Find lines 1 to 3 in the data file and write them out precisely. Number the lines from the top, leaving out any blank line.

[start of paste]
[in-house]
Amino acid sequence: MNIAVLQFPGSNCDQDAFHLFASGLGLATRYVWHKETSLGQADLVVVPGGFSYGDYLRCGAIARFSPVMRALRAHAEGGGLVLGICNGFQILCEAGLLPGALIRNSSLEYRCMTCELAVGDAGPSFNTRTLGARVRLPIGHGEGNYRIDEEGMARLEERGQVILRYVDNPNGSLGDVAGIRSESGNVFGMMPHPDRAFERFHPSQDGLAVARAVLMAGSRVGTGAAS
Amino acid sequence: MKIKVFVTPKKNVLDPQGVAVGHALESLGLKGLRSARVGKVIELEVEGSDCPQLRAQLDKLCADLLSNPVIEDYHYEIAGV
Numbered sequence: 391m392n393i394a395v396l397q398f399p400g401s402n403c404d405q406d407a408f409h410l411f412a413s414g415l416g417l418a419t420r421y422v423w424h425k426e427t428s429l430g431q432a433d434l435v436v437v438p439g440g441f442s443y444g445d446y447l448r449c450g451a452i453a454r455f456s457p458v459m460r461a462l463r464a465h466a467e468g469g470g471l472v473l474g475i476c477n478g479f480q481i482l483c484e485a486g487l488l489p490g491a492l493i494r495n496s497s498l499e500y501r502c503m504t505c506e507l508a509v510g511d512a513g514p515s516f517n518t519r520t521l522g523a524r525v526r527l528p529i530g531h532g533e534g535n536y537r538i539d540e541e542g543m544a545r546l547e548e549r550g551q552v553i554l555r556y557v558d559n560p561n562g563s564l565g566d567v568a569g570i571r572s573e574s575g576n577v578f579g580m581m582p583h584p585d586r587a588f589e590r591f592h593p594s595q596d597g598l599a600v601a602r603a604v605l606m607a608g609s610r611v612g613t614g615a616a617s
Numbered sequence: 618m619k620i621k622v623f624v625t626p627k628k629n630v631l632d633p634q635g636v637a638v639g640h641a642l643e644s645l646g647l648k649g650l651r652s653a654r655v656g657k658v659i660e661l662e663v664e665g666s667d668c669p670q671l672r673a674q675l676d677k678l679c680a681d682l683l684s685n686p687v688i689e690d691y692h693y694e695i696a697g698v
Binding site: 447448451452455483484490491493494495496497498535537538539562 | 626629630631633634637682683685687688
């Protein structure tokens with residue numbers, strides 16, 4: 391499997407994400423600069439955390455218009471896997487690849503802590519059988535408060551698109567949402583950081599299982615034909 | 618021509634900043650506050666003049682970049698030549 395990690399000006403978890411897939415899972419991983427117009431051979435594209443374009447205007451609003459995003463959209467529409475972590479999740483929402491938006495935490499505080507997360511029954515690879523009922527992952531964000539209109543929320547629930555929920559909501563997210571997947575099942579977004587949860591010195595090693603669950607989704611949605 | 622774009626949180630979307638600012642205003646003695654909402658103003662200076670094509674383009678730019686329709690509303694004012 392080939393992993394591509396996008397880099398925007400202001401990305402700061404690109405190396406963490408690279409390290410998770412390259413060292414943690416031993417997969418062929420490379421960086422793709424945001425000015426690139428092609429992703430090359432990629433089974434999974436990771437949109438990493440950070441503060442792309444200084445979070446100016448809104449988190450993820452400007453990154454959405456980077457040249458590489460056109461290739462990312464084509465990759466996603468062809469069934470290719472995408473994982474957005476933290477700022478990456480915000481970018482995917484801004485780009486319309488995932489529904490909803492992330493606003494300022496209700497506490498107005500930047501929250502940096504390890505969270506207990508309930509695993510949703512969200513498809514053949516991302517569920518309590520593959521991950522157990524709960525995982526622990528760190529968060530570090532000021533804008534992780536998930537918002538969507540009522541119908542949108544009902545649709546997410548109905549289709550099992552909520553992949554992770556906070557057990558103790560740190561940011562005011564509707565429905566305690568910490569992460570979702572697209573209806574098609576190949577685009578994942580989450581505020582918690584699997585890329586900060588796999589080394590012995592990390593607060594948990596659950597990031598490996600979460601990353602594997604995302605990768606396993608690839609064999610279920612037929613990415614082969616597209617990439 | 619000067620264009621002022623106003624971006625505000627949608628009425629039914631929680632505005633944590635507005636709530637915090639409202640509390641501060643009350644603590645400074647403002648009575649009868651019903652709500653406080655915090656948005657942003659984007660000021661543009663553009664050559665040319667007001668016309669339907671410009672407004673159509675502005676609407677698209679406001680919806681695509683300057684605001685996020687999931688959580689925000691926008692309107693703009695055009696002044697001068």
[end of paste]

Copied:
[in-house]
Amino acid sequence: MNIAVLQFPGSNCDQDAFHLFASGLGLATRYVWHKETSLGQADLVVVPGGFSYGDYLRCGAIARFSPVMRALRAHAEGGGLVLGICNGFQILCEAGLLPGALIRNSSLEYRCMTCELAVGDAGPSFNTRTLGARVRLPIGHGEGNYRIDEEGMARLEERGQVILRYVDNPNGSLGDVAGIRSESGNVFGMMPHPDRAFERFHPSQDGLAVARAVLMAGSRVGTGAAS
Amino acid sequence: MKIKVFVTPKKNVLDPQGVAVGHALESLGLKGLRSARVGKVIELEVEGSDCPQLRAQLDKLCADLLSNPVIEDYHYEIAGV